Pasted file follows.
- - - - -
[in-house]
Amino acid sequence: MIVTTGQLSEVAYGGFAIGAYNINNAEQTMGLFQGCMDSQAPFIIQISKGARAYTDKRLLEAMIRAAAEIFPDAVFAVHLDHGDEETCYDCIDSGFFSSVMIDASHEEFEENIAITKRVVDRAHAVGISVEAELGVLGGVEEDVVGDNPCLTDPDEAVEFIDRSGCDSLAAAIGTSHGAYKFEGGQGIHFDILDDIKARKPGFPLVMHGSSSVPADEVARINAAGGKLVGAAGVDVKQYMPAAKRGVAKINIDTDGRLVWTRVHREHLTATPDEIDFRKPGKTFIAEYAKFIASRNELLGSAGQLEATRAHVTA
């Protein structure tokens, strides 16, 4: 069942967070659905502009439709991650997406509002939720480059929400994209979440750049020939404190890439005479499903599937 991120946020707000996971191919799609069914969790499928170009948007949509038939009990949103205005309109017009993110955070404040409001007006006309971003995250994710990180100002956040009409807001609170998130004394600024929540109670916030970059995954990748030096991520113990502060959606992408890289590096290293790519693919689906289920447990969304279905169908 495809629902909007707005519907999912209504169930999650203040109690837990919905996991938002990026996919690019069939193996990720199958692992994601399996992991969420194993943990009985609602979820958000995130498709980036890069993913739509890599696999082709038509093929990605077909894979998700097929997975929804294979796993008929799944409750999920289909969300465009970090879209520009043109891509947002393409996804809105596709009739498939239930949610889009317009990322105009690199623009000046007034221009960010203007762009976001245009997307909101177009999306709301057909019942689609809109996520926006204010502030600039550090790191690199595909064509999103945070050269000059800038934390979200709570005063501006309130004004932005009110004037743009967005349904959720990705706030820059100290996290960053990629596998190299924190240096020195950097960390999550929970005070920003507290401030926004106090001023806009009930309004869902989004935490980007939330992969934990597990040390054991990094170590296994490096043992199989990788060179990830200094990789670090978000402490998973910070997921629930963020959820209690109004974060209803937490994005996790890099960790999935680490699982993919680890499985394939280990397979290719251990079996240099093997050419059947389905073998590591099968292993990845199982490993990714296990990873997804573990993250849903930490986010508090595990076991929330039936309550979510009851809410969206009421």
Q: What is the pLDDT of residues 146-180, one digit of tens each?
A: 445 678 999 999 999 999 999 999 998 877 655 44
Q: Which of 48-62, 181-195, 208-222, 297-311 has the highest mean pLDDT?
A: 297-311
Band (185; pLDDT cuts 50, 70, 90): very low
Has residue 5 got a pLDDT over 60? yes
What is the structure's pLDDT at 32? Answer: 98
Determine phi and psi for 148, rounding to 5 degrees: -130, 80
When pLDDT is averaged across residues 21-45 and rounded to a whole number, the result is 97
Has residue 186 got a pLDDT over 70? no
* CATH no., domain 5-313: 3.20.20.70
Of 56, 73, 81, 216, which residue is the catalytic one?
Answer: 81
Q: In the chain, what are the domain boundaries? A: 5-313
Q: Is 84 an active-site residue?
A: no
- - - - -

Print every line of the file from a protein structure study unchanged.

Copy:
[in-house]
Amino acid sequence: MIVTTGQLSEVAYGGFAIGAYNINNAEQTMGLFQGCMDSQAPFIIQISKGARAYTDKRLLEAMIRAAAEIFPDAVFAVHLDHGDEETCYDCIDSGFFSSVMIDASHEEFEENIAITKRVVDRAHAVGISVEAELGVLGGVEEDVVGDNPCLTDPDEAVEFIDRSGCDSLAAAIGTSHGAYKFEGGQGIHFDILDDIKARKPGFPLVMHGSSSVPADEVARINAAGGKLVGAAGVDVKQYMPAAKRGVAKINIDTDGRLVWTRVHREHLTATPDEIDFRKPGKTFIAEYAKFIASRNELLGSAGQLEATRAHVTA
């Protein structure tokens, strides 16, 4: 069942967070659905502009439709991650997406509002939720480059929400994209979440750049020939404190890439005479499903599937 991120946020707000996971191919799609069914969790499928170009948007949509038939009990949103205005309109017009993110955070404040409001007006006309971003995250994710990180100002956040009409807001609170998130004394600024929540109670916030970059995954990748030096991520113990502060959606992408890289590096290293790519693919689906289920447990969304279905169908 495809629902909007707005519907999912209504169930999650203040109690837990919905996991938002990026996919690019069939193996990720199958692992994601399996992991969420194993943990009985609602979820958000995130498709980036890069993913739509890599696999082709038509093929990605077909894979998700097929997975929804294979796993008929799944409750999920289909969300465009970090879209520009043109891509947002393409996804809105596709009739498939239930949610889009317009990322105009690199623009000046007034221009960010203007762009976001245009997307909101177009999306709301057909019942689609809109996520926006204010502030600039550090790191690199595909064509999103945070050269000059800038934390979200709570005063501006309130004004932005009110004037743009967005349904959720990705706030820059100290996290960053990629596998190299924190240096020195950097960390999550929970005070920003507290401030926004106090001023806009009930309004869902989004935490980007939330992969934990597990040390054991990094170590296994490096043992199989990788060179990830200094990789670090978000402490998973910070997921629930963020959820209690109004974060209803937490994005996790890099960790999935680490699982993919680890499985394939280990397979290719251990079996240099093997050419059947389905073998590591099968292993990845199982490993990714296990990873997804573990993250849903930490986010508090595990076991929330039936309550979510009851809410969206009421």
Q: What is the pLDDT of residues 146-180, one digit of tens each?
A: 445 678 999 999 999 999 999 999 998 877 655 44
Q: Which of 48-62, 181-195, 208-222, 297-311 has the highest mean pLDDT?
A: 297-311
Band (185; pLDDT cuts 50, 70, 90): very low
Has residue 5 got a pLDDT over 60? yes
What is the structure's pLDDT at 32? Answer: 98
Determine phi and psi for 148, rounding to 5 degrees: -130, 80
When pLDDT is averaged across residues 21-45 and rounded to a whole number, the result is 97
Has residue 186 got a pLDDT over 70? no
* CATH no., domain 5-313: 3.20.20.70
Of 56, 73, 81, 216, which residue is the catalytic one?
Answer: 81
Q: In the chain, what are the domain boundaries? A: 5-313
Q: Is 84 an active-site residue?
A: no